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The Shakopee library offers what most visitors expect: books, story time and literacy classes for kids, community workshops on topics from birding to the art of rosemaling.

Since August, it has also been the site of a Scott County Family Resource Center, where visitors can learn from county staff about social services provided by the county and local nonprofits.

But city leaders are objecting that infusion of social service offerings, including signing up children for preschool screenings and holding information sessions on mental health services, plus a separate program that brings a children's dental clinic to the library. Some City Council members, who note that the city owns and maintains the building, want to revisit a decades-old agreement governing library operations with the county, which staffs and runs the library

The city takes issue with any library activities that aren't "traditional library services," said Bill Reynolds, city administrator.

"The city provides the library for library services, not human services," Reynolds said in an e-mail. "The county has other buildings it can use for human services. This is a library."

County Administrator Lezlie Vermillion said the goal of the Family Resource Center at the library is twofold – increasing the strength of relationships between nonprofits, the public and the county, and trying to address families' social service needs in a preventive way rather than through more serious interactions with county departments like child protection or juvenile corrections.

"It's really about trying to get people those services before they get deeper into the system," Vermillion said.

The county opened two other Family Resource Center sites in August at the River Valley YMCA and the Jordan Food Shelf for several hours a week each. In March, the Family Resource Center expanded its time at the Shakopee library from four to 20 hours per week.

"The Shakopee [library] site has been very successful," Vermillion said. "The goal eventually is to have it led and operated by nonprofits and then it's all preventive type work."

City Council Member Jay Whiting said the county's use of the library for human services "happened out of the blue."

"I would rather see a library used to teach kids how to read," he said. "I just don't understand why they have to take the library's space."

Vermillion said libraries are changing and the expansion of uses is part of that.

"They have become gathering spaces," she said.

Not everyone is comfortable in government buildings, she said, because some have had negative experiences there.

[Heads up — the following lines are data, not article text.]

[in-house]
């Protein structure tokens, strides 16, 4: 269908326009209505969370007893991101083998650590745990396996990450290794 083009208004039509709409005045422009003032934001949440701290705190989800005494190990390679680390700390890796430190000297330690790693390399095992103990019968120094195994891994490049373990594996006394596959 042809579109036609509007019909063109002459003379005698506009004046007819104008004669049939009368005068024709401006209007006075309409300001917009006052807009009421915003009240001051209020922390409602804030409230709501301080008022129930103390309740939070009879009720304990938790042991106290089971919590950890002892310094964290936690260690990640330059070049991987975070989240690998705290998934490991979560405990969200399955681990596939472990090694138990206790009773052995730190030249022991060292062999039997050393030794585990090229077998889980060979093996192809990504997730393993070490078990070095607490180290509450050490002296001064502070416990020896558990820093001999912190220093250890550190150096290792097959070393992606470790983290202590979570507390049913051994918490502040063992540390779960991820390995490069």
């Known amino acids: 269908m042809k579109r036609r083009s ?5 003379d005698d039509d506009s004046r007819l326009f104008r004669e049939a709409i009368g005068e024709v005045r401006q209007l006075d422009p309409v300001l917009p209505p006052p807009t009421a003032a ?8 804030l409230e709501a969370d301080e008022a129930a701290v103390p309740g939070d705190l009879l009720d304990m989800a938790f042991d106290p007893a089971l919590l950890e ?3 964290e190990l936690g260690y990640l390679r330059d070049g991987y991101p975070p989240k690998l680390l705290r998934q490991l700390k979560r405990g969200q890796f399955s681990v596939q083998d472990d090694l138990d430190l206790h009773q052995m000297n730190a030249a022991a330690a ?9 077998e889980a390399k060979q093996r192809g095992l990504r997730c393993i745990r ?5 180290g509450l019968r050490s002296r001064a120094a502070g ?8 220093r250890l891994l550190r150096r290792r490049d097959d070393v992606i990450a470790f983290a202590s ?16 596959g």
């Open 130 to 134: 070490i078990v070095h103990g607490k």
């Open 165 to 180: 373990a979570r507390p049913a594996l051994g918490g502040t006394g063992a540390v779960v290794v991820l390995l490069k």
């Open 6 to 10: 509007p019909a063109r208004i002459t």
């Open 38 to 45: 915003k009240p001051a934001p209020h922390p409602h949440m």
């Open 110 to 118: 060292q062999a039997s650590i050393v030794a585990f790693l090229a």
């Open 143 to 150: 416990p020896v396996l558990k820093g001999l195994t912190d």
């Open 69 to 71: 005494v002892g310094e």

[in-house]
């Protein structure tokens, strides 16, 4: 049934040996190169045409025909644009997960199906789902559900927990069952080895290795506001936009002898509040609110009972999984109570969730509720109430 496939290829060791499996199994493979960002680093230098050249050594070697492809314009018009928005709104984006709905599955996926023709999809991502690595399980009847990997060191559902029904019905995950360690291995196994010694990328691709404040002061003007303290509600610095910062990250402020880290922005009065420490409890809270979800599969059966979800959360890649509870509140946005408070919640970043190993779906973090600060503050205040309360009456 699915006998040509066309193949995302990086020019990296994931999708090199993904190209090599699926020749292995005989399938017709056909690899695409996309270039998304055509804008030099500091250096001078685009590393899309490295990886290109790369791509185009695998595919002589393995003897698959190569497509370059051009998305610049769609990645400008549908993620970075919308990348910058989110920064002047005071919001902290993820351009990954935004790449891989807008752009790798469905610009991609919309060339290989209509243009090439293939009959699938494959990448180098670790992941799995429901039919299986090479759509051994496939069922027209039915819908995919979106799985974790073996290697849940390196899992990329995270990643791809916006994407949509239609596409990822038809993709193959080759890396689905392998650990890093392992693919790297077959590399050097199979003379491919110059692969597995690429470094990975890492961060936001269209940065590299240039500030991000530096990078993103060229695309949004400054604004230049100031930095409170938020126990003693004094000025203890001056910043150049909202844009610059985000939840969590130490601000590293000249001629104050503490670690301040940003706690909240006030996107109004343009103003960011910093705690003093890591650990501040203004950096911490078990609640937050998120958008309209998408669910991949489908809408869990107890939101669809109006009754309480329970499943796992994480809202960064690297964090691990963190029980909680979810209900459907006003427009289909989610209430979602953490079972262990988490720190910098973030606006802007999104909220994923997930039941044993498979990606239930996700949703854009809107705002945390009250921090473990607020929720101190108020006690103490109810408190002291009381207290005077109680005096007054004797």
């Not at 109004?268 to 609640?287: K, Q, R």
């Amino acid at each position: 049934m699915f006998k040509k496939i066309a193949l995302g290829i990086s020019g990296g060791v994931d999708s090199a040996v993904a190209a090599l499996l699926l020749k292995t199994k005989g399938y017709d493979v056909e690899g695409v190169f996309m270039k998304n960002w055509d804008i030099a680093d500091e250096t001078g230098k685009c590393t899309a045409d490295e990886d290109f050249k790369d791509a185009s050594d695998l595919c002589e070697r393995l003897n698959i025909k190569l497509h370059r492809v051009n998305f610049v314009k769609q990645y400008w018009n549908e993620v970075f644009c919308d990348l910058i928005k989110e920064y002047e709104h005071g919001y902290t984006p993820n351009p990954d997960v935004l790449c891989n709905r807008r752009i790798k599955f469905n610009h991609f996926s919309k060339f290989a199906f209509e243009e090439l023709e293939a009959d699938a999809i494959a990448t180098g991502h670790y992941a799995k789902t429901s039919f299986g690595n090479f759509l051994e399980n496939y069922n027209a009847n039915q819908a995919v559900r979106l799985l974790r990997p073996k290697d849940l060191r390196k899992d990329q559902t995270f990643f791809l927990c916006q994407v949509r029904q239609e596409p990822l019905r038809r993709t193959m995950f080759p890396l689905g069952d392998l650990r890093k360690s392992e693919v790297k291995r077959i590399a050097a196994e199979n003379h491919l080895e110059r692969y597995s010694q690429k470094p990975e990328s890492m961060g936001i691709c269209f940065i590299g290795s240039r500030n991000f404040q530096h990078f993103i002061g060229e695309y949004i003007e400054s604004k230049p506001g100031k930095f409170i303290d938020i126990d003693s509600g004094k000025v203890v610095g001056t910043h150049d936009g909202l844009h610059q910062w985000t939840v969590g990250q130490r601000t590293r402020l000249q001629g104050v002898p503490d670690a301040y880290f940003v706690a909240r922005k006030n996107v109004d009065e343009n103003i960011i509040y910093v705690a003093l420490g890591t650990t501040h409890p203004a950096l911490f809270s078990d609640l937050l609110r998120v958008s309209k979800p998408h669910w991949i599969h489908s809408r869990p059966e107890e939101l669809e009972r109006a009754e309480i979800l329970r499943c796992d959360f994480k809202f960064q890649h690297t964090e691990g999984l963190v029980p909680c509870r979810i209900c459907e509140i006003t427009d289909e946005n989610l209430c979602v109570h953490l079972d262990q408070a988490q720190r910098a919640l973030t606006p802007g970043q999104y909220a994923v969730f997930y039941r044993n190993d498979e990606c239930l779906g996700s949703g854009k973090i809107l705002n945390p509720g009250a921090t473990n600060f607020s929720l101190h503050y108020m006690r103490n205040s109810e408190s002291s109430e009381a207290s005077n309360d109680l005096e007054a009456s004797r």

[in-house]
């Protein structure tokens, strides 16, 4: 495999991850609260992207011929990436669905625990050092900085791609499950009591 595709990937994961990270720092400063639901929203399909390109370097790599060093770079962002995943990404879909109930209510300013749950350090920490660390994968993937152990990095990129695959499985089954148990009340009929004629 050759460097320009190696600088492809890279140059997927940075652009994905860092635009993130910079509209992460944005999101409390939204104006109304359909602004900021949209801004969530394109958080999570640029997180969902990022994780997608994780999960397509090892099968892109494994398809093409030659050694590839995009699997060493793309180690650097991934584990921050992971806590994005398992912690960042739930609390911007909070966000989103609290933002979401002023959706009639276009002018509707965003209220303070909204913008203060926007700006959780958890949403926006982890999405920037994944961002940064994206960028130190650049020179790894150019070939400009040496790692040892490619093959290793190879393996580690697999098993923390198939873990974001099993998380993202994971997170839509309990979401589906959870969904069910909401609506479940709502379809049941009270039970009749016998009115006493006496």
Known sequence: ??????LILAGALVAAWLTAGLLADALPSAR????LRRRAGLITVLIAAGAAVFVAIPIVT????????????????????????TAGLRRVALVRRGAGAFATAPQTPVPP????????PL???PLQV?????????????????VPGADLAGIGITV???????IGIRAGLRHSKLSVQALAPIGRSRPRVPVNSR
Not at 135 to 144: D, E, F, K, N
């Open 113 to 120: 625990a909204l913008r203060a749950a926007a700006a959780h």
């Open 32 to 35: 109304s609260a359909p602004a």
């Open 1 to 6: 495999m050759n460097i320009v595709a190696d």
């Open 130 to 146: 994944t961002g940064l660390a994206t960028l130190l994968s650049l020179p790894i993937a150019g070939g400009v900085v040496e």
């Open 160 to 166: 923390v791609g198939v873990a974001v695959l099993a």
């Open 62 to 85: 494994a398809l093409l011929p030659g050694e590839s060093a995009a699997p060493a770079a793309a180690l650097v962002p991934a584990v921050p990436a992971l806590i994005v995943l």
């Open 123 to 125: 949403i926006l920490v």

But Whiting said if people don't like visiting county buildings, that's a customer service issue that needs to be addressed.

City Council Member Jody Brennan cited another problem: "I think the fact that the city really has no say in what's happening is really the issue."

Several council members mentioned one service performed at the library as problematic – dental work done in a meeting room.

Vermillion said the monthly dental screenings by the nonprofit Children's Dental Services are through the public health department, not the Family Resource Center.

Reynolds said it's irrelevant which county department sponsors the dental cleanings. The library "was never conceived as a place to conduct dental services," he said.

Brennan said the city should possibly be receiving rent from the organizations using its space. She questioned whether the nonprofits affiliated with the Family Resource Center — a list that includes Minnesota Adult and Teen Challenge, the Southern Valley Alliance and the National Alliance on Mental Illness (NAMI) Minnesota — had been properly vetted.

Reynolds said there may be another issue — the current agreement was made before Shakopee built its new library in 1997, so there's a legal question as to whether it still applies.

Reynolds said he's drafting a new agreement that the City Council will present to Scott County that will "limit the use of the city building to library services," he said. Any use not specified in the agreement would require approval from the council.

Vermillion said the city and county are working to define "library services."

"I think the county and city, just like multiple things that we work on, we have to work through that understanding," she said.